West Virginia’s State Senate Bill SB 657 was set to boost fees for accident reports and add an additional $50 fee for drunk drivers involved in car accidents. The money collected from the fees was destined to assist West Virginians withtraumatic brain injuries with necessary services. A week ago, Senate Financial Committee Chairman Walt Helmick requested that the additional charges for DUI offenders be removed from the proposed legislation.
The Charleston Gazette reported that Helmick said, ‘in a bad economy, he doesn’t want to raise fees on anyone, including drunk drivers.’ Opponents of his removal of the additional DUI fees assert that the fees would have raised about $190,000 per year for brain injury victims. Mike Davis, president of the Brain Injury Association of West Virginia, noted that automobile accidents are ‘a leading cause of brain injuries,’ the Gazette reported. Half of those brain injuries occur in alcohol-related car wrecks, the article added.
‘This fee can help a lot of people who are injured because of other people’s negligence,’ Davis told the Gazette. Since traumatic brain injuries can lead to lifelong symptoms and difficulties, the costs associated with care for brain-injured individuals can be tremendous. However, Davis added that the DUI fees were not ‘an appropriate thing to do. I don’t want to raise taxes or fees,” the Pocahontas County Democrat told reporters.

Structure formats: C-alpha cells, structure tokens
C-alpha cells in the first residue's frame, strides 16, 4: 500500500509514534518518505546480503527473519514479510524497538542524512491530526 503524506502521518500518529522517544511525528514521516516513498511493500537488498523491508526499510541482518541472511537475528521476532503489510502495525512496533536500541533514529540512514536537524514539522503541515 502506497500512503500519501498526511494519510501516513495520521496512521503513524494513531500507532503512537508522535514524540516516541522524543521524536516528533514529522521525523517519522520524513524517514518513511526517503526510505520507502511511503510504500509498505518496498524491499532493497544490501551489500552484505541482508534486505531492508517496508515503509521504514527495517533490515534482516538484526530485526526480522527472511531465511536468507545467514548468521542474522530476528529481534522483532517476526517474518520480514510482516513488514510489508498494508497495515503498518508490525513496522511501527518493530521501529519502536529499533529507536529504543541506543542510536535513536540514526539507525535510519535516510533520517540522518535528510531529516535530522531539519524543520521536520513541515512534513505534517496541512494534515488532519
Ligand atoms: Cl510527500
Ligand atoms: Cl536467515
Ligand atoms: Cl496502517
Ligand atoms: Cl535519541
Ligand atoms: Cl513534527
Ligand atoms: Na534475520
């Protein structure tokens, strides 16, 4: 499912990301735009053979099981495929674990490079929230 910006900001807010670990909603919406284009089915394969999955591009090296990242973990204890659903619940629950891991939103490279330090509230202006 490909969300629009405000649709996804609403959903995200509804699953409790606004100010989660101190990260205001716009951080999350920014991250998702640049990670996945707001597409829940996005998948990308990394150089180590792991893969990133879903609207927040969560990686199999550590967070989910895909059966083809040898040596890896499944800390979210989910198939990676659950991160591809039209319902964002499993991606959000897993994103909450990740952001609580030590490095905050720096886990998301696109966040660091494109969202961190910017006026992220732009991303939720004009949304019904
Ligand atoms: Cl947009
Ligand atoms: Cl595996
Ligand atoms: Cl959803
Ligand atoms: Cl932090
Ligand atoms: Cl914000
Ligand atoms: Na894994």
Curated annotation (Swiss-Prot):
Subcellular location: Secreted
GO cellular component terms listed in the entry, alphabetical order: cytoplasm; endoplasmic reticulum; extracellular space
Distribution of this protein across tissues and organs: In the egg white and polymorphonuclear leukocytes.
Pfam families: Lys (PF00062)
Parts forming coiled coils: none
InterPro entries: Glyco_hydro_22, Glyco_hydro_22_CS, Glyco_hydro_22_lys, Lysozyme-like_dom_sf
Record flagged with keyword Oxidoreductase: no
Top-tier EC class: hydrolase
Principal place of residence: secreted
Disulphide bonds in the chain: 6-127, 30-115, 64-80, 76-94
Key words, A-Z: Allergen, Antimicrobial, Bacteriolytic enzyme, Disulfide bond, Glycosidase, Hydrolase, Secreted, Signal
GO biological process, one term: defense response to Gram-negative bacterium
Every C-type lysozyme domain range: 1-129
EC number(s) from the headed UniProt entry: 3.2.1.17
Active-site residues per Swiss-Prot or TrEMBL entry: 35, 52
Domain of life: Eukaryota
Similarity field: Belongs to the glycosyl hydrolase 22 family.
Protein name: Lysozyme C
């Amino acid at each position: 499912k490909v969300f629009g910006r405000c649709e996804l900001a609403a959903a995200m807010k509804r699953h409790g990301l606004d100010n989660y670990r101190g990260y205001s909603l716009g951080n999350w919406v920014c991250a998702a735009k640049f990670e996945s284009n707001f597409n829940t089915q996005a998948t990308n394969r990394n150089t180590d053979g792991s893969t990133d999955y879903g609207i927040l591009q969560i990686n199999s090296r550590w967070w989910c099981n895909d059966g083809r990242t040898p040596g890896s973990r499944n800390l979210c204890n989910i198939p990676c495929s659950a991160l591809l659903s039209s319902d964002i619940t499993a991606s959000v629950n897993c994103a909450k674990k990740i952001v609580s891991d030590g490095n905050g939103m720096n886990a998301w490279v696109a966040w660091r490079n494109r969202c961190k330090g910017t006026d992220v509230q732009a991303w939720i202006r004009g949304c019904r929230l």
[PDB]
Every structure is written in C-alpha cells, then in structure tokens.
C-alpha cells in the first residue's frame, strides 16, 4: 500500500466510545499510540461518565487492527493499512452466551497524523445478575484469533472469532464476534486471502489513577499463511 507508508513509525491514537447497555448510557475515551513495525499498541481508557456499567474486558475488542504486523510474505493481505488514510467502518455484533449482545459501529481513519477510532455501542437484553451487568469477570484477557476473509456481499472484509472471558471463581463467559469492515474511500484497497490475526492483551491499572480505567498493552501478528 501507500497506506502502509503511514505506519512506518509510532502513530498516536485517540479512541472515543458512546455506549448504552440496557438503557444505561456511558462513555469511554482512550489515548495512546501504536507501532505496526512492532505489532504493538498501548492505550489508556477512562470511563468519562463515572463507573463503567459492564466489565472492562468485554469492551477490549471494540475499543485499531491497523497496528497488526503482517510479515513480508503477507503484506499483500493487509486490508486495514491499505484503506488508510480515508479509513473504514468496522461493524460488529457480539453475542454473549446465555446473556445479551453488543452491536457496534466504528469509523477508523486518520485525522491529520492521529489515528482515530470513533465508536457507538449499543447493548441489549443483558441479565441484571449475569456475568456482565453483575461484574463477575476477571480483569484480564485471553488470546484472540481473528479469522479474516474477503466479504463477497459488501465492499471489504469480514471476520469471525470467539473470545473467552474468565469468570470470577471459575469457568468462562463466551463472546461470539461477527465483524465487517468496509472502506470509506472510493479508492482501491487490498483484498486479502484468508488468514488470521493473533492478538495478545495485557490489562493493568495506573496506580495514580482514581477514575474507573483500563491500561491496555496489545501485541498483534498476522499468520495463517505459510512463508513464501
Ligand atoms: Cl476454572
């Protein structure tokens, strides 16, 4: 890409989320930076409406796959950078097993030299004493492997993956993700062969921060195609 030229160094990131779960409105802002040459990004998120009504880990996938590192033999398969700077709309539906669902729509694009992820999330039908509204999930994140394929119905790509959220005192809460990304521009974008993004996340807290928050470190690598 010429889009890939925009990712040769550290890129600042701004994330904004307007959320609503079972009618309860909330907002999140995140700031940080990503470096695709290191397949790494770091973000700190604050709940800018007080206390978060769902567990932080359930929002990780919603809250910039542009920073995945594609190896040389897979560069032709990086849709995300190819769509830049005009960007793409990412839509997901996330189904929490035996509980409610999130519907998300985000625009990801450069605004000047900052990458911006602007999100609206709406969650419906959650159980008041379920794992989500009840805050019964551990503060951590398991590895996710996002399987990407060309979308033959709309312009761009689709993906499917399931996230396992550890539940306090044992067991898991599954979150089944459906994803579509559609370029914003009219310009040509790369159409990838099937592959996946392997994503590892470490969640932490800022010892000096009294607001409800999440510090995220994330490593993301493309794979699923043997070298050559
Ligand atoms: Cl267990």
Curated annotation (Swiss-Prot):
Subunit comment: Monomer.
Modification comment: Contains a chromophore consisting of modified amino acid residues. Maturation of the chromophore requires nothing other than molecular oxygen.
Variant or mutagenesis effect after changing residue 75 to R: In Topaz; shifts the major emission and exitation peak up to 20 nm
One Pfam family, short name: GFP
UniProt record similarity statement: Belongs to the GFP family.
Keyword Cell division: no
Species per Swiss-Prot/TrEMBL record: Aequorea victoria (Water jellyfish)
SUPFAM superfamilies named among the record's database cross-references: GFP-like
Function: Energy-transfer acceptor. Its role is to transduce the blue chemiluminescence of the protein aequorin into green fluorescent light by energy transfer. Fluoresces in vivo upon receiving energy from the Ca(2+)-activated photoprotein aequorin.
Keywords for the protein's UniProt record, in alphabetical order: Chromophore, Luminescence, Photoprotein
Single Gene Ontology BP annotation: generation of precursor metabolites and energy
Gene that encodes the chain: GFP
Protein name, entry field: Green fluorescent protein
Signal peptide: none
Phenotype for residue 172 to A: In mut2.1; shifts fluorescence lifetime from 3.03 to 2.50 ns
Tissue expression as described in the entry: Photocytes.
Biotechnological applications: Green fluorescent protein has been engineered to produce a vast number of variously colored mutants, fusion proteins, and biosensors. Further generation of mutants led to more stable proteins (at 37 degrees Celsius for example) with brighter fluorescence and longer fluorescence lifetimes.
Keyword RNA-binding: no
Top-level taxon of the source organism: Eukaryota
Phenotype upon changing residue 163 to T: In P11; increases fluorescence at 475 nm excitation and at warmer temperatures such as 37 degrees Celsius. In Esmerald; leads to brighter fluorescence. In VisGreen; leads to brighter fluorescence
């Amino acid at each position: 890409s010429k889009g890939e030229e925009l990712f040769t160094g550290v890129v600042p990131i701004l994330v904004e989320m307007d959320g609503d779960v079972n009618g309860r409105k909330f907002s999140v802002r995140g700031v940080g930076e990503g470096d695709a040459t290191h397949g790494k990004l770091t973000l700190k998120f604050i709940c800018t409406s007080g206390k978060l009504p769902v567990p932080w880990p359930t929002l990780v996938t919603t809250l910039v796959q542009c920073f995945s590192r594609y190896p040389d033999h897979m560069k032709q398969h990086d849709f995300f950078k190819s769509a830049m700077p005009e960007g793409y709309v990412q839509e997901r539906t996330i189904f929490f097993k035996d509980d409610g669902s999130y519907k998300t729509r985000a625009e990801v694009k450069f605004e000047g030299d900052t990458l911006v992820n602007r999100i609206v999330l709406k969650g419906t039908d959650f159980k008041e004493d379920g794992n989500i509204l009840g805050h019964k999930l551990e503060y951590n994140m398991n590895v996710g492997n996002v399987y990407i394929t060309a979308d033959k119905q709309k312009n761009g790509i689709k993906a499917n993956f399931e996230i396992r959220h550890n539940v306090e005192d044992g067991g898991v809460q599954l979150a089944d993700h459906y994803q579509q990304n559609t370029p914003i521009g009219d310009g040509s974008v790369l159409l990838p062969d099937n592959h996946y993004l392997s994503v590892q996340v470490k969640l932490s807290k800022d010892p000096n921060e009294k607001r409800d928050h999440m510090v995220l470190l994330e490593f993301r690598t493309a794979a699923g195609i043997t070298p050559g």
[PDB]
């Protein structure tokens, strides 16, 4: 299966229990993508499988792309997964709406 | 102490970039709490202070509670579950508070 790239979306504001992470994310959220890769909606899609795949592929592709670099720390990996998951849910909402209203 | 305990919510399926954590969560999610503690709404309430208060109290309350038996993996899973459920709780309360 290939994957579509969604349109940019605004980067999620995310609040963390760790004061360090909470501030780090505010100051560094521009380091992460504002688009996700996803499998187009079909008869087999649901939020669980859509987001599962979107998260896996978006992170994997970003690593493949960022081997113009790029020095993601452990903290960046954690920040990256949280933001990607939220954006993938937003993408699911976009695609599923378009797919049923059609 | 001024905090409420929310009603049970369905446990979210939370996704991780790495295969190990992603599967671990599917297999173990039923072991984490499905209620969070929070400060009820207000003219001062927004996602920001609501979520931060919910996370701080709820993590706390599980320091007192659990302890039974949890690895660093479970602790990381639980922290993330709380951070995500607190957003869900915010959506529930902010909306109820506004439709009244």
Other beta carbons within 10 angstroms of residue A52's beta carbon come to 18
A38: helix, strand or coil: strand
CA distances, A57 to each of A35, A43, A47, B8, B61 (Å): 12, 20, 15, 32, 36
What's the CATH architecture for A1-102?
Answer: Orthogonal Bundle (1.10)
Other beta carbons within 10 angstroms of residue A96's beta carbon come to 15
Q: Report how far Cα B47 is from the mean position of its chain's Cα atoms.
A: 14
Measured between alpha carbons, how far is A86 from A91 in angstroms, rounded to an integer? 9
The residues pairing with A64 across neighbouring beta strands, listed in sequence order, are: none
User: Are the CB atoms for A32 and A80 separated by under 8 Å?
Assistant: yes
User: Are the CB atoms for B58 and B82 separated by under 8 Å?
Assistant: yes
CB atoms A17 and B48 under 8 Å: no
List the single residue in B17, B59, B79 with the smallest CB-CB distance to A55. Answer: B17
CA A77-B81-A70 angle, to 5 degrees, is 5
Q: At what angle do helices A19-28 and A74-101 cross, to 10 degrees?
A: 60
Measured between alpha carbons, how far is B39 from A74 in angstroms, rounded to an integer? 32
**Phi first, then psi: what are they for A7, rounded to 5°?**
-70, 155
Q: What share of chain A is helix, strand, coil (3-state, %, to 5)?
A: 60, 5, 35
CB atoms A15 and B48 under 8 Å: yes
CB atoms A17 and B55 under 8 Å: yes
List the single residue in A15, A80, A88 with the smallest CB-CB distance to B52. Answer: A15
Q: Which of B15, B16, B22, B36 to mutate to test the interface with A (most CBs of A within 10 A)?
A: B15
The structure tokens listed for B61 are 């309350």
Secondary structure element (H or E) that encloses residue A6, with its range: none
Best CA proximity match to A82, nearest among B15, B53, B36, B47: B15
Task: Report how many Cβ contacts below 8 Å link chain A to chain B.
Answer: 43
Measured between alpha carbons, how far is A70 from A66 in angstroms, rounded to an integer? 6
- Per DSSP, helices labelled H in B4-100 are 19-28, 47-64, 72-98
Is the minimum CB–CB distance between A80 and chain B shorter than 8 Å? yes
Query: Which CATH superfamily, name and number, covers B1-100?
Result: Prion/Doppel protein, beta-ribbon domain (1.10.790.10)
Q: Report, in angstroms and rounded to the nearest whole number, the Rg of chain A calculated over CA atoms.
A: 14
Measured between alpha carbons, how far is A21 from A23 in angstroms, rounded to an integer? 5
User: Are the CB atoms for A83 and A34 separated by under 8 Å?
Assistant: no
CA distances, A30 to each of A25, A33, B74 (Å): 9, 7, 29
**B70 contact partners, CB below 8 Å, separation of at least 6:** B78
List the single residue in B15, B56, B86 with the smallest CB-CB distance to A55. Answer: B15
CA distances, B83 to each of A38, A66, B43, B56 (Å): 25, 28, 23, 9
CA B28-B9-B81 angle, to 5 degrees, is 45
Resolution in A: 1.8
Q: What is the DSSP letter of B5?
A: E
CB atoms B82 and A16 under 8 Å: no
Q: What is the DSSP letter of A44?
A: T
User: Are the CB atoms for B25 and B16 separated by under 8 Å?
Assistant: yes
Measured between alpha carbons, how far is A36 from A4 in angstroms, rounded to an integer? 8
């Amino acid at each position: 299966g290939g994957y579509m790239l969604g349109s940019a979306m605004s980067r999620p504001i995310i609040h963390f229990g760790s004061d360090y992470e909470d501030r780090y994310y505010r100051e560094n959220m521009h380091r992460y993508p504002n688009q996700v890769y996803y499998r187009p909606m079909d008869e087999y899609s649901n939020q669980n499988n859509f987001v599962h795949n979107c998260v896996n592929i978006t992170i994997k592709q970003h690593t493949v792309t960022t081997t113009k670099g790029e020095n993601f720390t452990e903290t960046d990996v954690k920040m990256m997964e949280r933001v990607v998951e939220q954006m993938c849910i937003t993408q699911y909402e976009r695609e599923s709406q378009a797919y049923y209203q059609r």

A Mountain State Justice lawyer, Jennifer Wagner, expressed support for the bill, but was disappointed that the DUI fines were being removed from it. She asserted that the fees would not only generate income for brain-injury patients, but it would also deter drunk driving and force drunk drivers to ‘pay for the consequences of their actions,’ the article said. Since drivers make conscious choices to drive while drunk, Wagner believes they should be held responsible, and that the new fees would be an effective way of doing so.
The West Virginia Department of Heath and Human Services is being pushed in court to seek federal Medicaid waivers for traumatic brain injury sufferers. The waiver would allow the patients to receive medical services in their homes instead of being forced into institutional care. Half of the money raised by the brain injury bill would be dedicated to the waiver program and the other half would go to those unqualified to receive the waiver.
Knezevich, Alison. (March 2, 2010) ‘Senate panel removes DUI penalties from brain-injury bill.’ Retrieved on March 3, 2010 from the Charleston Gazette Web site:http://sundaygazettemail.com/News/201003020777